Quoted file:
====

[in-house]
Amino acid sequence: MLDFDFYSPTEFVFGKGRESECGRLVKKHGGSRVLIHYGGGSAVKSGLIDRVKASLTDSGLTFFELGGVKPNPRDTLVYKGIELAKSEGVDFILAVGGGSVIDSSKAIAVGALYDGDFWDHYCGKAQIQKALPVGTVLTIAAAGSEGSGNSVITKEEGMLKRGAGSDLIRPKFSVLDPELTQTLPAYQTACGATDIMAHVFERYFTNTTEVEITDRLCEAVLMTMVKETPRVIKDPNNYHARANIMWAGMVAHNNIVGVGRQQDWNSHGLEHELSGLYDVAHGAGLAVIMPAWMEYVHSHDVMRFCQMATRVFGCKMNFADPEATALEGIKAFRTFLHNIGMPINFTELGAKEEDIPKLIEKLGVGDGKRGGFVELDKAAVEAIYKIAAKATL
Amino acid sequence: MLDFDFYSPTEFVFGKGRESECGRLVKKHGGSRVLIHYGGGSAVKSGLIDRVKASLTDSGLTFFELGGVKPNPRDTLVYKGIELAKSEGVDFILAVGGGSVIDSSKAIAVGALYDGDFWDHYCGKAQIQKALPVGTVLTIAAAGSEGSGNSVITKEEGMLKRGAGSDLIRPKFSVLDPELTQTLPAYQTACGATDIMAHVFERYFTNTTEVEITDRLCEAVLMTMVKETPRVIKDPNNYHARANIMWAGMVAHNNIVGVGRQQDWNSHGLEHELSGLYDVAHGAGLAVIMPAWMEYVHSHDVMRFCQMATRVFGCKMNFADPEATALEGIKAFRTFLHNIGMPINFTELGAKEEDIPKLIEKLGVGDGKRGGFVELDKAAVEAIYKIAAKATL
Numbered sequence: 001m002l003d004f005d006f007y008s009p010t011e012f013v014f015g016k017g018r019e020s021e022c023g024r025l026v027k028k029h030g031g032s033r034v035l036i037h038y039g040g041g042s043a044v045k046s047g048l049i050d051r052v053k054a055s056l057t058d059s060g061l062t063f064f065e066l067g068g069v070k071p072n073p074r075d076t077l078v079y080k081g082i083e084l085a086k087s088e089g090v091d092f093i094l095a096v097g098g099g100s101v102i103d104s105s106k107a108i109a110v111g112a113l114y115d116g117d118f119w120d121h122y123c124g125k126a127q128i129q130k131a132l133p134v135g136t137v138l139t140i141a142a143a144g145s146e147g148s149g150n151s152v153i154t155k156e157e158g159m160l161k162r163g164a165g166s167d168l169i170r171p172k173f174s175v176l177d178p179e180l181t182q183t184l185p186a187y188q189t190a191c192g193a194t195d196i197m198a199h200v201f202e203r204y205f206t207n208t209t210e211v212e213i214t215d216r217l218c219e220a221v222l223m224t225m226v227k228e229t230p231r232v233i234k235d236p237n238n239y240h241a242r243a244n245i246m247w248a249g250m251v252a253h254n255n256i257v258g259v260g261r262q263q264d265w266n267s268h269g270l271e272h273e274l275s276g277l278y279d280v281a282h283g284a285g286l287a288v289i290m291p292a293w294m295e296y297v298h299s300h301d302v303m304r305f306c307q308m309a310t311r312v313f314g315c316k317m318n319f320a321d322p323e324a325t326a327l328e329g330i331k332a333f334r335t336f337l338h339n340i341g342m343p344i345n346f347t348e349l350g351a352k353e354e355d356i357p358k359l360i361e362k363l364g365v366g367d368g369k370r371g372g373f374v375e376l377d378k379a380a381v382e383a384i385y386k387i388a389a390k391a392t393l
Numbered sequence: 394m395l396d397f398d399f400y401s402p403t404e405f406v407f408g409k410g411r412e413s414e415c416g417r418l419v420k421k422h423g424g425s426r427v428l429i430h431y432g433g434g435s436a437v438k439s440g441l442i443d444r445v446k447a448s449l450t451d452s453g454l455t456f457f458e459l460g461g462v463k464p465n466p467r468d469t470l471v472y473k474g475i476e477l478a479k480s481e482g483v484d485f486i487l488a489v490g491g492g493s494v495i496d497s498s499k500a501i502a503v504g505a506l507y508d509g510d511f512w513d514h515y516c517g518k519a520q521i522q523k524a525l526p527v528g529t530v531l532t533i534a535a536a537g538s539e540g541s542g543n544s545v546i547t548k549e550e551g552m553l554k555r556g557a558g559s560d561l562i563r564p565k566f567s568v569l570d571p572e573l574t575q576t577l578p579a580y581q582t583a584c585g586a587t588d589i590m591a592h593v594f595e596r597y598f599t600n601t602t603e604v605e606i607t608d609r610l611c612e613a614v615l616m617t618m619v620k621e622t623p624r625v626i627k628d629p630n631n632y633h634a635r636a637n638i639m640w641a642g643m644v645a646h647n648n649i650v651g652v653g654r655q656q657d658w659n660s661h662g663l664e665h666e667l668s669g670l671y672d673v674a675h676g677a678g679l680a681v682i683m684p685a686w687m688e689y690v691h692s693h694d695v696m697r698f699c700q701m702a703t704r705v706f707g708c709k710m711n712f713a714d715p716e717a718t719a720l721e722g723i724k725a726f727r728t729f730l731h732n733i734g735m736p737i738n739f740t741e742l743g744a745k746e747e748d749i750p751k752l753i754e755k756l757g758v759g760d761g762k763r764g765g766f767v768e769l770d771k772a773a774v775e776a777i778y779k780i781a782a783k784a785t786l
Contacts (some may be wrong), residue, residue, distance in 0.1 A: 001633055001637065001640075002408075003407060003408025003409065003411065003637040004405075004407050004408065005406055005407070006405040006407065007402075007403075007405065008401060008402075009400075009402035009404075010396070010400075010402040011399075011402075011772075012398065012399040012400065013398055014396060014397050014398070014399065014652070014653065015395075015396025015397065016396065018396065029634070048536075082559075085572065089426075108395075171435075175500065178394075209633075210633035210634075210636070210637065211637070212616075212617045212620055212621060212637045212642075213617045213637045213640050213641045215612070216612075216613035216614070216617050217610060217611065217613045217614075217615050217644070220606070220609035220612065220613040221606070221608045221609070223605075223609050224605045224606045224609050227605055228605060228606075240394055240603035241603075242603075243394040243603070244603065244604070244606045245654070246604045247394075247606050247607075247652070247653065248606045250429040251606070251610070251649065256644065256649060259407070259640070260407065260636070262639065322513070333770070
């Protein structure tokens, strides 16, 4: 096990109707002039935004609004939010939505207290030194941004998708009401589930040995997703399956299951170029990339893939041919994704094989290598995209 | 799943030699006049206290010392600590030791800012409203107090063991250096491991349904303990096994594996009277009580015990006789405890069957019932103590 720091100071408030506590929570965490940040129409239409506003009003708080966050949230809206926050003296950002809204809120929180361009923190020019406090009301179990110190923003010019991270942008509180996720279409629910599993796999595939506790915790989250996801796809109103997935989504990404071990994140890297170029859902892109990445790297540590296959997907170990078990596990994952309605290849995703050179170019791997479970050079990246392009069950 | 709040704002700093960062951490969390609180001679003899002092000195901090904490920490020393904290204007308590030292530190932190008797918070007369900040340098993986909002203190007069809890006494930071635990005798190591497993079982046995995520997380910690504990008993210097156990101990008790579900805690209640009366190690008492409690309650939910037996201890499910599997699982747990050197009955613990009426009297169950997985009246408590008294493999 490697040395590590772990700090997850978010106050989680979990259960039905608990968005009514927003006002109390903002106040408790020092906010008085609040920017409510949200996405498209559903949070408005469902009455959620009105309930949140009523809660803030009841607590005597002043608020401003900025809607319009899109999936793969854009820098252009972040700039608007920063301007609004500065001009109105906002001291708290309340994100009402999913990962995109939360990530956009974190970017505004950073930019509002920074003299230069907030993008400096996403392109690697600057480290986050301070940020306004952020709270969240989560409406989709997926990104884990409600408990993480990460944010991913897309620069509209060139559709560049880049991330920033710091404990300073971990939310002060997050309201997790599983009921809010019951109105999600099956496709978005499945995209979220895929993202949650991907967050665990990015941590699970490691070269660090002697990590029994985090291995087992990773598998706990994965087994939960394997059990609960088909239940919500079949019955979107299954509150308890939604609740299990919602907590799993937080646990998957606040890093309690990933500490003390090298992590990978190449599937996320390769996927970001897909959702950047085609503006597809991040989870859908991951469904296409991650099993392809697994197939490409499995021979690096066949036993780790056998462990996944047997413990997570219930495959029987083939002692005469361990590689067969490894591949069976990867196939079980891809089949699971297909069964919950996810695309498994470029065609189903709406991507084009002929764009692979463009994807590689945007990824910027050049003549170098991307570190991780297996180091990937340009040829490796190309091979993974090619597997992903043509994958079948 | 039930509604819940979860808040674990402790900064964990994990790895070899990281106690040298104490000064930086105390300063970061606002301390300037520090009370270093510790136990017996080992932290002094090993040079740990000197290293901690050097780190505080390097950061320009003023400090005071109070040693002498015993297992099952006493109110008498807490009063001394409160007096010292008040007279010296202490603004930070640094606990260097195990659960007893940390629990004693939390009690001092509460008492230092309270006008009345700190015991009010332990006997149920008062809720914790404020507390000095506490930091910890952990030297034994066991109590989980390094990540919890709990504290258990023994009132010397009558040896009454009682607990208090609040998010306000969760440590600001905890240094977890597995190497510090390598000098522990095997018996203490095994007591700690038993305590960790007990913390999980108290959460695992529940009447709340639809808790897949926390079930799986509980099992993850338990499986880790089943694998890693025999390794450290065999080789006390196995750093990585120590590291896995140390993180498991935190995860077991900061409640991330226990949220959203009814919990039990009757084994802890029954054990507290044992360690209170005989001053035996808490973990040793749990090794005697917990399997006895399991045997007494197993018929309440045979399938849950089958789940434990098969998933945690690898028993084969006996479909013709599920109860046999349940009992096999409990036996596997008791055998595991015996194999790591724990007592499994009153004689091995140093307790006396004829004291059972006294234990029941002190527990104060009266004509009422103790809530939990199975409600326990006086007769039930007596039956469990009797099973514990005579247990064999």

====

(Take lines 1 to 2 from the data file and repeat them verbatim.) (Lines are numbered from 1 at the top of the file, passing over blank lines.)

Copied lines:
[in-house]
Amino acid sequence: MLDFDFYSPTEFVFGKGRESECGRLVKKHGGSRVLIHYGGGSAVKSGLIDRVKASLTDSGLTFFELGGVKPNPRDTLVYKGIELAKSEGVDFILAVGGGSVIDSSKAIAVGALYDGDFWDHYCGKAQIQKALPVGTVLTIAAAGSEGSGNSVITKEEGMLKRGAGSDLIRPKFSVLDPELTQTLPAYQTACGATDIMAHVFERYFTNTTEVEITDRLCEAVLMTMVKETPRVIKDPNNYHARANIMWAGMVAHNNIVGVGRQQDWNSHGLEHELSGLYDVAHGAGLAVIMPAWMEYVHSHDVMRFCQMATRVFGCKMNFADPEATALEGIKAFRTFLHNIGMPINFTELGAKEEDIPKLIEKLGVGDGKRGGFVELDKAAVEAIYKIAAKATL